In Push to Dismantle Inequitable Systems, Brigham COVID-19 Equity Response Team Becomes a Force for Change
Last April, a multidisciplinary group of equity leaders at the Brigham came together to develop strategies for addressing emerging equity issues in the pandemic and, when needed, escalating key concerns through the institution’s COVID-19 Incident Command structure.
With the support and engagement of leaders across the Brigham, the Brigham Health COVID-19 Equity, Diversity and Community Health Response Team became a driving force behind a number of initiatives during the height of the pandemic, including helping to establish community-based testing sites, advocate for equity in the state’s Crisis Standards of Care and conduct more than 100 COVID-19 information sessions for vulnerable populations of employees. As a reinvigorated racial justice movement swept the nation last summer, the group’s twice-monthly meetings also provided a haven for employees to express their concerns and organize actions to help dismantle structural racism.
Nearly one year after its formation, the Equity Response Team continues to meet and mobilize to address health equity issues at the Brigham and beyond. Most recently, the group has focused its efforts on equitable vaccine distribution, virtual care access and the dramatic rise of food and housing insecurity.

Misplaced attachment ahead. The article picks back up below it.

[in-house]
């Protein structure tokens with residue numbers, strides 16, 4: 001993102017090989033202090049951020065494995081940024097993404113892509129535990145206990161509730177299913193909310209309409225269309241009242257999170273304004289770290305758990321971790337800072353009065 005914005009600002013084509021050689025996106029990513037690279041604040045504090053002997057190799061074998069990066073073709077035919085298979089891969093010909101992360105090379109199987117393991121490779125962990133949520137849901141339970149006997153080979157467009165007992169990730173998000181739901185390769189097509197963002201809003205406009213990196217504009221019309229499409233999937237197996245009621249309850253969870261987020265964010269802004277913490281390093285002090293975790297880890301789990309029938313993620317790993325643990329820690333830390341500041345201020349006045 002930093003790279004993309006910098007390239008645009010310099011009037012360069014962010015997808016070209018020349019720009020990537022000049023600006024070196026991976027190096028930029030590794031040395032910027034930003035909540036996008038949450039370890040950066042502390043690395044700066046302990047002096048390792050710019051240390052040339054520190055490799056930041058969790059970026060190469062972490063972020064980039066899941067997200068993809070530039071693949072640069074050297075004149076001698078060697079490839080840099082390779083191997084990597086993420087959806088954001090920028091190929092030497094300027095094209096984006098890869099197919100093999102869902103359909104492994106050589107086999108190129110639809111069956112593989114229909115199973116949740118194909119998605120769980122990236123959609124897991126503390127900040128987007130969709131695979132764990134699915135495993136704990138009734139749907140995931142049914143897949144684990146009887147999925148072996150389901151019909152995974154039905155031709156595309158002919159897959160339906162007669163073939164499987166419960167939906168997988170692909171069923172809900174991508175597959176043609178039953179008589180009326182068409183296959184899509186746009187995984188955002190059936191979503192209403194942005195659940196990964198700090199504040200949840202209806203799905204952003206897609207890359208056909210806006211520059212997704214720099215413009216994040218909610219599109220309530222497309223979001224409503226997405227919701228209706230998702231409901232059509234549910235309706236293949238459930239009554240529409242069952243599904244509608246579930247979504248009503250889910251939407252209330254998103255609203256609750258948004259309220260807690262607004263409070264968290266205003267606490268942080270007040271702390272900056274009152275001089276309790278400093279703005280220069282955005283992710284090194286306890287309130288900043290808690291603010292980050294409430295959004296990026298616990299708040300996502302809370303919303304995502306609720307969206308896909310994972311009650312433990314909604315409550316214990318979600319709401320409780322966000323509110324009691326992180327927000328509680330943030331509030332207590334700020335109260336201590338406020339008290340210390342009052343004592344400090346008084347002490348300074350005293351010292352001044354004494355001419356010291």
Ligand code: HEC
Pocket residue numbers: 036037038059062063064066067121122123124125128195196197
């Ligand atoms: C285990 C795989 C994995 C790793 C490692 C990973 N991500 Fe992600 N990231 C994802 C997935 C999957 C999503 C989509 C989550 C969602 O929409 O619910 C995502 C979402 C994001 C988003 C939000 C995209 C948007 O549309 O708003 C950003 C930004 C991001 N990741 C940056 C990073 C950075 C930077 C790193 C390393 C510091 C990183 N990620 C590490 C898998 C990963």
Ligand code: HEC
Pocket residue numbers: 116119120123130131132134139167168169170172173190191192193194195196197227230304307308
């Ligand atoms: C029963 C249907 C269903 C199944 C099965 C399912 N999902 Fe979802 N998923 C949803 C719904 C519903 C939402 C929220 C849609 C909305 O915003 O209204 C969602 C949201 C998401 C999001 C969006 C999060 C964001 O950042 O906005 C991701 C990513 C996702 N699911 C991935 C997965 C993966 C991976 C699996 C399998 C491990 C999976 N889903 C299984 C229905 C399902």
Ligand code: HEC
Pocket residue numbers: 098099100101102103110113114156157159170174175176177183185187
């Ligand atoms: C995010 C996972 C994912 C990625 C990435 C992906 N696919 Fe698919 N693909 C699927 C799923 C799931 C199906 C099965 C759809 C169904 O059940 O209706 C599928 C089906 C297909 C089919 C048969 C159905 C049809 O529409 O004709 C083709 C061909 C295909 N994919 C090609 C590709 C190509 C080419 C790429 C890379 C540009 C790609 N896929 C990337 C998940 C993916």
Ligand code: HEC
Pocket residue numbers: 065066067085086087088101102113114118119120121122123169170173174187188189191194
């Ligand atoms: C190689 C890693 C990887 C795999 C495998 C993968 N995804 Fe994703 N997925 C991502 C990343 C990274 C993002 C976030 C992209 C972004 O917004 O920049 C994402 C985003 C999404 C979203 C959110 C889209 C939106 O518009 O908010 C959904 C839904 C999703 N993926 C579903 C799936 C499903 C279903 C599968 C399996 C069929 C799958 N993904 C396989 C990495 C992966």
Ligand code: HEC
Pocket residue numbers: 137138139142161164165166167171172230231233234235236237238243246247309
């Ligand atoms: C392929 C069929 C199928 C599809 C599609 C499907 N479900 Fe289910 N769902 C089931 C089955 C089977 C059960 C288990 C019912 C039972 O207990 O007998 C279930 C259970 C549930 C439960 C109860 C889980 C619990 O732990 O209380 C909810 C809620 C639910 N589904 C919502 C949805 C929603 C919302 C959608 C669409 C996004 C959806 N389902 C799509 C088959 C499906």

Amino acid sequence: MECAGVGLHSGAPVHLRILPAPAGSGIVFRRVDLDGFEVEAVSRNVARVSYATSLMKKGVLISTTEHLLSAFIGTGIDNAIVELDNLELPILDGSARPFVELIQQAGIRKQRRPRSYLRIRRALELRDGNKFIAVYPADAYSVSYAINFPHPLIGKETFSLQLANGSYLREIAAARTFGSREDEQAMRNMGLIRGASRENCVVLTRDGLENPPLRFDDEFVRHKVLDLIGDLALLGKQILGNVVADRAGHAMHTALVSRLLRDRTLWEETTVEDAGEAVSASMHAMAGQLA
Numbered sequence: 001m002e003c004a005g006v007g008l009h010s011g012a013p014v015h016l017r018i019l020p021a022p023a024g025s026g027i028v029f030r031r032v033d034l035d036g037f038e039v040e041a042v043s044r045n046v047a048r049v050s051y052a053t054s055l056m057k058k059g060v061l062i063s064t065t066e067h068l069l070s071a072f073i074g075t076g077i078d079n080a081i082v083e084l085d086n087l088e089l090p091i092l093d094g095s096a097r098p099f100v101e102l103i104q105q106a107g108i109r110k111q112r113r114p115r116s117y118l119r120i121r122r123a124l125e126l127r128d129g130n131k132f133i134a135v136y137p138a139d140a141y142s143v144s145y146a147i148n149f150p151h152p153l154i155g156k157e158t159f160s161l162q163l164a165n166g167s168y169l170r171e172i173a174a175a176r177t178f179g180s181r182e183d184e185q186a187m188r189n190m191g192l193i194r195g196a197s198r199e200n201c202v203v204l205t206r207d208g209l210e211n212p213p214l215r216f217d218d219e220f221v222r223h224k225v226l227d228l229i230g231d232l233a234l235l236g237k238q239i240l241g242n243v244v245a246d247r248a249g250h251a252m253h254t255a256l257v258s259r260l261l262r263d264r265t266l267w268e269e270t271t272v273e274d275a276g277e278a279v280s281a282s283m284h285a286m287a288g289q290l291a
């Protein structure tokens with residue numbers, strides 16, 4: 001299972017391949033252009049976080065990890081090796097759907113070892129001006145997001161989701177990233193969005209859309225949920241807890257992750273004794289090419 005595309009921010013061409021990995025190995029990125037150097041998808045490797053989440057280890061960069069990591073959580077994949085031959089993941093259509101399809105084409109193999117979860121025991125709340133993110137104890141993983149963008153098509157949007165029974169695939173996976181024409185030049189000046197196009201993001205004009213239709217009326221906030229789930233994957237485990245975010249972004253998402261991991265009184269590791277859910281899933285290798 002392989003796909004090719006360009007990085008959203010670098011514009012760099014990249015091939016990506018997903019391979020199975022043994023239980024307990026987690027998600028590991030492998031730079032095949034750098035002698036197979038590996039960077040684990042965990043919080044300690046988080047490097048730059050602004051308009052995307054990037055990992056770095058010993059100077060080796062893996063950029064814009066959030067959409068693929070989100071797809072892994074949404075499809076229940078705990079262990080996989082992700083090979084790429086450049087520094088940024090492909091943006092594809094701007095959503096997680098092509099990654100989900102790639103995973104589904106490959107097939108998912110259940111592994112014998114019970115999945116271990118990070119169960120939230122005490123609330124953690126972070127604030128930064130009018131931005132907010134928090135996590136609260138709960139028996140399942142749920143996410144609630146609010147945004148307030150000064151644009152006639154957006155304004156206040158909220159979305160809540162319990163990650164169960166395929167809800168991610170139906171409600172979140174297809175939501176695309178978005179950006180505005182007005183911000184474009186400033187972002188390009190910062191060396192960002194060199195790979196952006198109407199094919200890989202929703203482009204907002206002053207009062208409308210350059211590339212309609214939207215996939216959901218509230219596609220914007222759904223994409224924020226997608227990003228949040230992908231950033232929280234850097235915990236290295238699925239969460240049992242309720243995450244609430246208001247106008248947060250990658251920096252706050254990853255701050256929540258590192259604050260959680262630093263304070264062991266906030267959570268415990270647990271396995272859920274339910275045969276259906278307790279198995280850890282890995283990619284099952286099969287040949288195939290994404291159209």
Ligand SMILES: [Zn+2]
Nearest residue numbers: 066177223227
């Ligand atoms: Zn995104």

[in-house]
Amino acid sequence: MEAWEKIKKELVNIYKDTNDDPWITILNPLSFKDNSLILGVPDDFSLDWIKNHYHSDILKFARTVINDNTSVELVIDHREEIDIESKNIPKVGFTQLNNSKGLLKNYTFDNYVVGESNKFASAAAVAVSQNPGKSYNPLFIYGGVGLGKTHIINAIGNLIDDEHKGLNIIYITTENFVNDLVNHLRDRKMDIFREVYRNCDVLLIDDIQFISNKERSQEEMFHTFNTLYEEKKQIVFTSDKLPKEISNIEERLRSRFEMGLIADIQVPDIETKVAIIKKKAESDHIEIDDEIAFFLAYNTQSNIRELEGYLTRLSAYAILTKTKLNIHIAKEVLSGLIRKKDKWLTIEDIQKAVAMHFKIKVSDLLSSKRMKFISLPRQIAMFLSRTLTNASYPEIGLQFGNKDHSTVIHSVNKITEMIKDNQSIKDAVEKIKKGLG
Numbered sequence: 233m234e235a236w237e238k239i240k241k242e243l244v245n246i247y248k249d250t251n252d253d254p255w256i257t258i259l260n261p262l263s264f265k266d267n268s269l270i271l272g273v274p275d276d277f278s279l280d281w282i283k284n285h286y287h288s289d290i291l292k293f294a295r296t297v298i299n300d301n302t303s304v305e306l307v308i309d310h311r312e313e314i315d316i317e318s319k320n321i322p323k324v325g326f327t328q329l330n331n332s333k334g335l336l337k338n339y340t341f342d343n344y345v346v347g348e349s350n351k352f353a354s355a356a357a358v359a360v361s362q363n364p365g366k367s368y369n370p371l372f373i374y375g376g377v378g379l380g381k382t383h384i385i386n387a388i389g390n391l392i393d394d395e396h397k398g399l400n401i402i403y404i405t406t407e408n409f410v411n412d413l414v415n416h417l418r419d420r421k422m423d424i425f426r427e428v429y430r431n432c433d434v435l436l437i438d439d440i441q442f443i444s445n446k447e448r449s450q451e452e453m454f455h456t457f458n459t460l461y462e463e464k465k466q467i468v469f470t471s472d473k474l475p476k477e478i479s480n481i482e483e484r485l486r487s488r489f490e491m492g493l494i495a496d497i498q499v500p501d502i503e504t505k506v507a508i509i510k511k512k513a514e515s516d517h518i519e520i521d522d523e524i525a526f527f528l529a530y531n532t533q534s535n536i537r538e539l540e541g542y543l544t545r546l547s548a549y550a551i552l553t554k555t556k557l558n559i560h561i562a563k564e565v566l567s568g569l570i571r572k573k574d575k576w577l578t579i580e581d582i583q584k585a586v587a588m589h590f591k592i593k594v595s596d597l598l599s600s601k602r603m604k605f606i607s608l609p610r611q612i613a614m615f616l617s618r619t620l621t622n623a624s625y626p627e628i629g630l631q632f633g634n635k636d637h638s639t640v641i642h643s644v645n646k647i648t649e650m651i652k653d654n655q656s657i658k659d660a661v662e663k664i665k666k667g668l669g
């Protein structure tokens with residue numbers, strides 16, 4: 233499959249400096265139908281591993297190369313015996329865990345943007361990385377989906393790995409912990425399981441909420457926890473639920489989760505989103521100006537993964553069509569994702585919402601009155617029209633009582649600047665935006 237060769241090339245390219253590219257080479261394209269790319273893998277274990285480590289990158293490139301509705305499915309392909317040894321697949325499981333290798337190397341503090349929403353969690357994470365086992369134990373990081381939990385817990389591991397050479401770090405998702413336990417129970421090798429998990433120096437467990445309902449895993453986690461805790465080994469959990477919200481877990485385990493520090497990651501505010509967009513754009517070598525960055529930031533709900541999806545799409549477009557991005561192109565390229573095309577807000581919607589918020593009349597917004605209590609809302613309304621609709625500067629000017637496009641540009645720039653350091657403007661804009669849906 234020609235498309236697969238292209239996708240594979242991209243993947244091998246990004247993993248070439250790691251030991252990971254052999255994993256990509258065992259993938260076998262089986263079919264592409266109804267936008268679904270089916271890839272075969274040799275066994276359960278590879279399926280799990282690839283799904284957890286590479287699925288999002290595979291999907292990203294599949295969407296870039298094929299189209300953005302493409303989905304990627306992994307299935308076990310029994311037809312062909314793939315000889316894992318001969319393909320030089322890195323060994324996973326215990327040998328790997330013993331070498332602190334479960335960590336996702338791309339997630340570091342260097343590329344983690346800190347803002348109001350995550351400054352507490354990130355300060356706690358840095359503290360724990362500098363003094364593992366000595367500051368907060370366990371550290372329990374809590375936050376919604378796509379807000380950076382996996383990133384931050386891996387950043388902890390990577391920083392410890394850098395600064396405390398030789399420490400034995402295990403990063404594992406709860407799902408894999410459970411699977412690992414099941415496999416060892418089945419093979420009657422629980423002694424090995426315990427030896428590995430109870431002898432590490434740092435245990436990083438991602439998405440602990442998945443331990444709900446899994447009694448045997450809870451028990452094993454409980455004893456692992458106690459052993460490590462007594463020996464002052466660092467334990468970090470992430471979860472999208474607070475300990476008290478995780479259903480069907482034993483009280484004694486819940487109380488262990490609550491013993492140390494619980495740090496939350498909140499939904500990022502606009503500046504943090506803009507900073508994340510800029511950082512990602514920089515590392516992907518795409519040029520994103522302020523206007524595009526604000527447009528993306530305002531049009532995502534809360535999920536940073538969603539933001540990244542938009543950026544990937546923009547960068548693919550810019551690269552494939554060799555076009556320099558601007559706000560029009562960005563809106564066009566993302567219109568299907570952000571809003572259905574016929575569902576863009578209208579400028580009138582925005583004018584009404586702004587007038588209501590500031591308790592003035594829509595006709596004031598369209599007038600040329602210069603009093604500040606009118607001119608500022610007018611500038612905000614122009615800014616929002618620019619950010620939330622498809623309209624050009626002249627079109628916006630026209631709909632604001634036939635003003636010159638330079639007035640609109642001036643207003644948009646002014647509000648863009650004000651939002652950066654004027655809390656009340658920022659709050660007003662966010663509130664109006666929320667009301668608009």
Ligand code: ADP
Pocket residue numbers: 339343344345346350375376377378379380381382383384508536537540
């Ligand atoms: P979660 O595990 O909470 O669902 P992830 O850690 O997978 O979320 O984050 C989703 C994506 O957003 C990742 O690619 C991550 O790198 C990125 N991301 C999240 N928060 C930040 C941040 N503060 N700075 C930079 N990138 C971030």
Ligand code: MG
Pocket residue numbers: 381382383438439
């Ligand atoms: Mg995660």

“We had a big opportunity to connect in an integrated way that hasn’t been done before,” said Cheryl Clark, MD, ScD, a hospitalist in Division of General Internal Medicine and Primary Care, health equity researcher in the Center for Community Health and Health Equity (CCHHE) and a leader of the Equity Response Team. “Clinical departments, community health, employee wellness, the diversity, equity and inclusion team — all of these different workstreams came together under one umbrella to work together on health equity.”
As the crisis evolves, the team remains energized and continues to advance its mission, Clark said.
“We have a very inclusive way of thinking about health equity, and, because of that, the community that continues this work is very cohesive,” she said. “We have a lot to accomplish in vaccine equity, and I think we also have the potential to provide support for burgeoning health equity efforts in the hospital, as well as the United Against Racism work that’s happening MGB-wide.”